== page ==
And here’s a tough one. Let’s suppose we have two equally effective vaccines. Or let’s say we have one that’s a little bit better than the other, but it’s going to cost way more. Who’s going to make that call?
TESS VIGELAND: Wow. Well, Kate, I mentioned that I wanted to get into some of the vagaries of this debate under the US health care system. And we’re in this country where unlike a lot of others, particularly developed nations, where health care is managed by the federal government– a universal health care– we have this for profit system that, for most people, is tied to their employment. And because of that, costs vary depending on all kinds of things– [INAUDIBLE] your insurance company, your provider. So how much more complex is this vaccine pricing debate here because of those factors?
KATHERINE BAICKER: Everything is more complicated here because of those factors. And our system is so patchwork and the pandemic is an extreme example of where one person’s access to medicine, very much, affects the well-being of everyone else. For the most part, for other kinds of health care treatments, the person who gets the treatment is the one who’s most affected by it.
We like to tell stories about how covering the uninsured makes everybody better off. I think the data suggests that covering the uninsured makes the uninsured better off. And that’s an important public policy priority. But for the most part, your health care affects your health, first and foremost.
But contagious disease is the big exception. And in most times in our history, that’s a small part of health care. But right now, that is obviously the overriding health concern in the US and around the globe. So I think there’s a very strong case to be made that our policy about what we’re paying for vaccines and how we’re making sure that there’s adequate access to them has to be coordinated in a much more central way.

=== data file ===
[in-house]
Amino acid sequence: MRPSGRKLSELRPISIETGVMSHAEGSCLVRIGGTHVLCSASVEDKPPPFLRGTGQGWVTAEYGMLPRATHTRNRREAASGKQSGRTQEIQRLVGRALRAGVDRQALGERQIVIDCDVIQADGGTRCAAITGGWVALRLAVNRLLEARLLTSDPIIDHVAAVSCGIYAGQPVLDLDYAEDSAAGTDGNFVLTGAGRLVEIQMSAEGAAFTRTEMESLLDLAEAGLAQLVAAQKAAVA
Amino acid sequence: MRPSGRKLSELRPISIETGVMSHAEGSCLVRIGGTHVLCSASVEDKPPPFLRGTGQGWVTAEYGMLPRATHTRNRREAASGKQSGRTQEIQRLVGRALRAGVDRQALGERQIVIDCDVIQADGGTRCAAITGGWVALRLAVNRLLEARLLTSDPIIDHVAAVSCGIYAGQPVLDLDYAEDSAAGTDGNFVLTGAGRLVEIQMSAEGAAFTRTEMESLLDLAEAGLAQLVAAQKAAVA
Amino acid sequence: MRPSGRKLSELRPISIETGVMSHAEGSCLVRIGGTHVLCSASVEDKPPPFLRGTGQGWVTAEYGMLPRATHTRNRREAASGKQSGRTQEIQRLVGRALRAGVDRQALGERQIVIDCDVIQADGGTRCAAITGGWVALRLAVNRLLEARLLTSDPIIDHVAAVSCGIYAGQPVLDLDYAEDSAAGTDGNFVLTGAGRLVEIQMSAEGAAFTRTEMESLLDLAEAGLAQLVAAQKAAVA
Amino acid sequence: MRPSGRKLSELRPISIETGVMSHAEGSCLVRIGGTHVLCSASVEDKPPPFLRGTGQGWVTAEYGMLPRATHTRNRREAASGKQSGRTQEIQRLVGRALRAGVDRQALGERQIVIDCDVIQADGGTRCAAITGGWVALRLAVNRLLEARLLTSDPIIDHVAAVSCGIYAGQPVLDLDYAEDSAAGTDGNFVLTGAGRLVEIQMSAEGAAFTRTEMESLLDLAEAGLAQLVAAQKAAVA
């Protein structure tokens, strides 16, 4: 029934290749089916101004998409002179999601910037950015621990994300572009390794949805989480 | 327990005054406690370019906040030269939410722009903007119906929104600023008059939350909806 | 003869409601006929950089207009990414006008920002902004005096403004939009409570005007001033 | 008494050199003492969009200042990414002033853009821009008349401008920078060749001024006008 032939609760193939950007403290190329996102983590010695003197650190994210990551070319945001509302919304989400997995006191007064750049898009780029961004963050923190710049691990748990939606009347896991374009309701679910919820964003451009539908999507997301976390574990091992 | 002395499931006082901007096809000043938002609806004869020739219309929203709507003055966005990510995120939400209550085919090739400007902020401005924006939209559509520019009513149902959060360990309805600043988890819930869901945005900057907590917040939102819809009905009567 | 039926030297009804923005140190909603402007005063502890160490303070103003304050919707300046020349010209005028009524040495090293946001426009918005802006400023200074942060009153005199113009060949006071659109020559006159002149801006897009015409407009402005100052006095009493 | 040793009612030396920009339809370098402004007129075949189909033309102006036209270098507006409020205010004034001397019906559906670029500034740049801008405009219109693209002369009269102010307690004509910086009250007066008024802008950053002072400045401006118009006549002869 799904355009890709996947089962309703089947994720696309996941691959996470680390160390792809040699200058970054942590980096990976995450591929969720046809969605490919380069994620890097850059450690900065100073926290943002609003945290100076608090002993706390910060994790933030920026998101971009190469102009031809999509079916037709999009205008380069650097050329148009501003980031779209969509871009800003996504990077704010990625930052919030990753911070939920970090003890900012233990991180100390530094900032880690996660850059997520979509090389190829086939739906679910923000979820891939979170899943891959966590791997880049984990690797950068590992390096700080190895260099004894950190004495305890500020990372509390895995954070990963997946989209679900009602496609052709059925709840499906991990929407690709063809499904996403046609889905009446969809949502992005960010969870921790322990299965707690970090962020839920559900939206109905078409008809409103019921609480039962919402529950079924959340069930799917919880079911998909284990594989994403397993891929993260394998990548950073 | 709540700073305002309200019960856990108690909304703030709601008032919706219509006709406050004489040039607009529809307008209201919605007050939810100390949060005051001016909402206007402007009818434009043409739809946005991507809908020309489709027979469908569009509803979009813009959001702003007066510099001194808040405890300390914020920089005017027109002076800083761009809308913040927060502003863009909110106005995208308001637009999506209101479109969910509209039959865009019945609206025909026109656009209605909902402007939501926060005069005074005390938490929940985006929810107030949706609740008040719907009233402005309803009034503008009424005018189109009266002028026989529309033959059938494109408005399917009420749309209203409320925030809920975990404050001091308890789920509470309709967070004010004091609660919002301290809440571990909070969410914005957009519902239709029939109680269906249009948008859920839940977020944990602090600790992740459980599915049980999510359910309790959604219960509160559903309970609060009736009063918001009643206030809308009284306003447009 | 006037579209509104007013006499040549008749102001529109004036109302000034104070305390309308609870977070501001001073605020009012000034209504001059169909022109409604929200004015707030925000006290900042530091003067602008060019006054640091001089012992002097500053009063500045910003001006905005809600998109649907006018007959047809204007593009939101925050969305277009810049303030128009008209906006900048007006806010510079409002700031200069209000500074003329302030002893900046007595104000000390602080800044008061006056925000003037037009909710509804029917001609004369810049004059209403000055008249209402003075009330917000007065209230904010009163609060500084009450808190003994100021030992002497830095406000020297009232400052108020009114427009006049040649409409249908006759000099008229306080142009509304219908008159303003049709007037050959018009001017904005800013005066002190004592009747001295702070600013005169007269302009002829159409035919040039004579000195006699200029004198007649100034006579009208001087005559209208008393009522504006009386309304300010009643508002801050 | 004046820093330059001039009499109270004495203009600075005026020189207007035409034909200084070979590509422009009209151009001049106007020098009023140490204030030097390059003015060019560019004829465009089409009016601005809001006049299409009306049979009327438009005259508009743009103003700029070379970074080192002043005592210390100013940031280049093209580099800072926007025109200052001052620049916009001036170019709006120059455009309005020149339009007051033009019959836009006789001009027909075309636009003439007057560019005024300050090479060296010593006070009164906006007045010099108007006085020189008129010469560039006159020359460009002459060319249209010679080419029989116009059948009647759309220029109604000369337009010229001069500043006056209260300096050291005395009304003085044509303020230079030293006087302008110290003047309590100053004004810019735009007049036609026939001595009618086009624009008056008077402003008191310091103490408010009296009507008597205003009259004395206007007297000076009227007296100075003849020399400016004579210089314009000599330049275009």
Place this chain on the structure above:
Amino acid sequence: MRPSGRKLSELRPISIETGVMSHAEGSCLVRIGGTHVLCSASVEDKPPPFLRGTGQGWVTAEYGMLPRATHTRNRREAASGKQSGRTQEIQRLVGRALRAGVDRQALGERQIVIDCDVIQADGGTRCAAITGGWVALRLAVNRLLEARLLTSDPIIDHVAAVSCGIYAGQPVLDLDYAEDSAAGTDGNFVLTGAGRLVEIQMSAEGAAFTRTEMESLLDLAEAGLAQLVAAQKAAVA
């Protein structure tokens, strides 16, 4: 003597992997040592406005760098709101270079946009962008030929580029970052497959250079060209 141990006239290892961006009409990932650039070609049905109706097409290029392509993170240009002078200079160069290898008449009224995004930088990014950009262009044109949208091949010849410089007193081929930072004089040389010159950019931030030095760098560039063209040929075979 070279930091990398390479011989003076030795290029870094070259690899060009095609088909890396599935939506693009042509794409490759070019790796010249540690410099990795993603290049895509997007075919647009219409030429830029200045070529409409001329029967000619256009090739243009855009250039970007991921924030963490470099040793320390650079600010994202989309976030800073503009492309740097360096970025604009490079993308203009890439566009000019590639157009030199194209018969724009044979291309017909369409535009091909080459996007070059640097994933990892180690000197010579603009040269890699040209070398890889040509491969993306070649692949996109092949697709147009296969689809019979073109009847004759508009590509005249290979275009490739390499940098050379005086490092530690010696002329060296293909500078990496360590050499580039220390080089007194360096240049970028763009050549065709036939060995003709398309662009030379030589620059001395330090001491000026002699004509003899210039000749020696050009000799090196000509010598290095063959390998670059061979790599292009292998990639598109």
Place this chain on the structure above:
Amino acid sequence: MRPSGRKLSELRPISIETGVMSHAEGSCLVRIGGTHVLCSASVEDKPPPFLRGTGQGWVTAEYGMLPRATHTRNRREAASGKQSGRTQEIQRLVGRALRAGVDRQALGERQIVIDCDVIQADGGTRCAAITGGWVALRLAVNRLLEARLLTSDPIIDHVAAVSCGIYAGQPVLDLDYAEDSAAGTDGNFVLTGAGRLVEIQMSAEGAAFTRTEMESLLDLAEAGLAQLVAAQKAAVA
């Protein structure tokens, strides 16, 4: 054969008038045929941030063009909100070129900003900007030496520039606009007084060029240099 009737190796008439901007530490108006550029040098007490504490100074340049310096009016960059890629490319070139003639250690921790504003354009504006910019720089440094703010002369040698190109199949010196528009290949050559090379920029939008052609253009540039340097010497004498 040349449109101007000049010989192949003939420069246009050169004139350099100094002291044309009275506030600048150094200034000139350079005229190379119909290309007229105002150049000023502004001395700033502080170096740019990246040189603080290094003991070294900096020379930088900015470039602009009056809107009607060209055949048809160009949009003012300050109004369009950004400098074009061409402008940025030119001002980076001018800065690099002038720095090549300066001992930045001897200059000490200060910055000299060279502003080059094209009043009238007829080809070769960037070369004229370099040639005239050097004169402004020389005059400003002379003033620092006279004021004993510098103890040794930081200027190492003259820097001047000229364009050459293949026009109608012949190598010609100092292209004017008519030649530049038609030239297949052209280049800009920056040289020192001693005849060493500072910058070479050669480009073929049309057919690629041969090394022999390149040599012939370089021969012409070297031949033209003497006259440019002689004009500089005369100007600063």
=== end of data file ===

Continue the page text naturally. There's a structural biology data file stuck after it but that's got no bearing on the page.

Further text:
So I could see that being entirely outside the normal health insurance system. I could see the federal government having much more control over those prices than usual. Or having insurers band together to promote access to the vaccine. Because what happens to one person is going to have immediate spillover effects across family members, across communities. And the patchwork system is a real impediment to getting good policy.
RICHARD THALER: And if I could add something to that, Tess, which is vaccines and treatments are a ways off. And we don’t know– is it six months or years? But what’s happening in real time now is a shortage of tests. And there’s a very uneven allocation of tests.
So the professional athletes who are starting to resume their activity are being tested every day.
TESS VIGELAND: Right. No shortage for them.
RICHARD THALER: Our university, like every university, is trying to figure out how to safely reopen. We would love to be able to test every student, faculty, and staff member. Same is true of opening the schools, which has become a political hot button. It would be much easier to open the schools if everybody could be tested very frequently with immediate results.
And it’s pretty clear to me that we are not offering test manufacturers the right incentives to innovate on that front, for exactly the same set of reasons.
KATHERINE BAICKER: You’re bringing up a really important distinction that we should draw out, which is in the short-term, we’ve been talking about who pays what as a mechanism for moving the same goods around to different people. But in the long-term, if prices go up, you actually get more of the goods that you’re trying to allocate. People can produce more when there are more resources devoted to doing it.